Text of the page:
Fraud Alert: Beware of Tax Related Scams
Healthcare professionals are gatekeepers to a variety of confidential information about their patients and the businesses that they work for, and for this reason, they are a highly coveted target by cybercriminals.
Being on guard and alert all year is critical when you are overseeing the Protected Health Information (PHI) of your patients. Be aware, you may think that you are simply confirming a social security number or address from a tax professional or email link for tax purposes, but you may be providing the final piece of a puzzle in compromising an individual’s identity.
Like scams that are directed to shoppers on Black Friday, you must be on high alert during this tax season. Yes, you are possibly violating HIPAA, but you could also be breaking the rules of a strong cybersecurity program that protects you, your business, and your patient information.
How Do Hackers Do Their Work?
The list of cybercrime tactics is always evolving, changing, and unfortunately growing. So, providing a complete list is something that no one could confidently do. However, you should be suspicious of emails or phone calls that request patient information or confirm information that the caller or emailer provides. They may say that they are looking to provide you with updated information for your records or include links for you to click on and update information. You may receive emails that request details about patients or even your business that is confidential. These can include name address and telephone number, but they may also be for banking or login credentials.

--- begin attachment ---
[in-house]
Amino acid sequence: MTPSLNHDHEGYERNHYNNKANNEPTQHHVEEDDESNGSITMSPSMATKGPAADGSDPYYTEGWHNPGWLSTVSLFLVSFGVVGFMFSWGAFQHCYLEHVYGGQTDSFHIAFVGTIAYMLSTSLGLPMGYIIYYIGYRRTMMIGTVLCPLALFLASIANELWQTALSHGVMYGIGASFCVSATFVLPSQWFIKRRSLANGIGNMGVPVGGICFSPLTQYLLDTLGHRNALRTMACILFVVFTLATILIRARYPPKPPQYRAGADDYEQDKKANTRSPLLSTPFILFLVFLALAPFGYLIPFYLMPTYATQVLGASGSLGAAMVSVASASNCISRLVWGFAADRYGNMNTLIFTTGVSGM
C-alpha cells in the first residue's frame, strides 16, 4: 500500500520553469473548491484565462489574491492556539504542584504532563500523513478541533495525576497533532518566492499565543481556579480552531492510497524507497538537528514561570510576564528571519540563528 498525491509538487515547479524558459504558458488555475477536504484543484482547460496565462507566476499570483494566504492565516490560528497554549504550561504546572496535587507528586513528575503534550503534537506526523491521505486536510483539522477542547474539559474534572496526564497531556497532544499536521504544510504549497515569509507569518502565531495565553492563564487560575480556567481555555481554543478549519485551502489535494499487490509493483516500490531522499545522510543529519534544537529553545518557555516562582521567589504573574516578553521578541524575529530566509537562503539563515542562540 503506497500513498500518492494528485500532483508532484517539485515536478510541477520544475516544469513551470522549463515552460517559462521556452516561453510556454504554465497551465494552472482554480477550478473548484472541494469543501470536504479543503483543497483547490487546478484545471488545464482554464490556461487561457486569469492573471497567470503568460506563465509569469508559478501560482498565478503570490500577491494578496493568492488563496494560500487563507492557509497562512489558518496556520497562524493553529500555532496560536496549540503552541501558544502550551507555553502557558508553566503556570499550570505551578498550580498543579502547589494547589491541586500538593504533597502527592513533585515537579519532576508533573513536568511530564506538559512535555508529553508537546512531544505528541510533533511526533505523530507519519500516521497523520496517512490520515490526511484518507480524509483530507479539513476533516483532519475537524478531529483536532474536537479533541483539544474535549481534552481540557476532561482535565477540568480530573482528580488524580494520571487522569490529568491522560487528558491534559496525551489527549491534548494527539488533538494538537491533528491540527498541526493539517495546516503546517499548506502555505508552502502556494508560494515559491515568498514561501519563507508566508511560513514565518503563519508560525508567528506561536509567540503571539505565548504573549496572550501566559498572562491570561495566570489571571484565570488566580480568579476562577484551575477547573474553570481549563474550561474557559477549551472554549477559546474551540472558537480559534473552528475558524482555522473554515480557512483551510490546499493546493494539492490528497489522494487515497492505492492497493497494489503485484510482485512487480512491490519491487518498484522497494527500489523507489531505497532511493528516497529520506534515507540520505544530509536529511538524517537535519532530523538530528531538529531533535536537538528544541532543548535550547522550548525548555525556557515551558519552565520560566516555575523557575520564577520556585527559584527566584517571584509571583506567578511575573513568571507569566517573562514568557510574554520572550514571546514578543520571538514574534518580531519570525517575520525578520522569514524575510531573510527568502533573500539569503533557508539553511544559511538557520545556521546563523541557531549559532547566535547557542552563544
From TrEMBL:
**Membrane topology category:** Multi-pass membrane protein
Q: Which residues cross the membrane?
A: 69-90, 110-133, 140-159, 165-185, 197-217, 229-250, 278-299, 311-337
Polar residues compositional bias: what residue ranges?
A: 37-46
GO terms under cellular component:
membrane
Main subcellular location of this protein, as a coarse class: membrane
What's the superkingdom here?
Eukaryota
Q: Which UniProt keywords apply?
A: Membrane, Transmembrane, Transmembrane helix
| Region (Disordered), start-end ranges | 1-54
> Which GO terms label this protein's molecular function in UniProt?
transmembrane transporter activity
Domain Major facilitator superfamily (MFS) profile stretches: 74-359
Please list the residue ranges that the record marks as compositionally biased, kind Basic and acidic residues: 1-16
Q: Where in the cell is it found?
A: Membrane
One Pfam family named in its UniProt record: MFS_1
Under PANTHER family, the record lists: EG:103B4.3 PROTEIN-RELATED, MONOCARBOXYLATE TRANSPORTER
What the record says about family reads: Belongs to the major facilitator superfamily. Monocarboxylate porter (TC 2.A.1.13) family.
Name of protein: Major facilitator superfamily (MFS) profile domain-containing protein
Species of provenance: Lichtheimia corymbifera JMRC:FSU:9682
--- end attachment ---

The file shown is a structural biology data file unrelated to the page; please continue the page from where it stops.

And while these messages appear to be legitimate, they may be an imposter that has very cleverly disguised their email address or phone number to appear identical to a legitimate contact. A business email compromise (BEC) attack is a spoof of a high-level executive request, and they are successful because the recipient will act in haste from a place of trust, or even fear, of not doing their job.
Remember to always pause before reacting when it comes to providing patient information. If you aren’t sure, ask for a callback number or contact your patient directly with questions. Taking a moment to double-check can save you years of regret.
This article was originally published on HIPAA Secure Now! and is republished here with permission.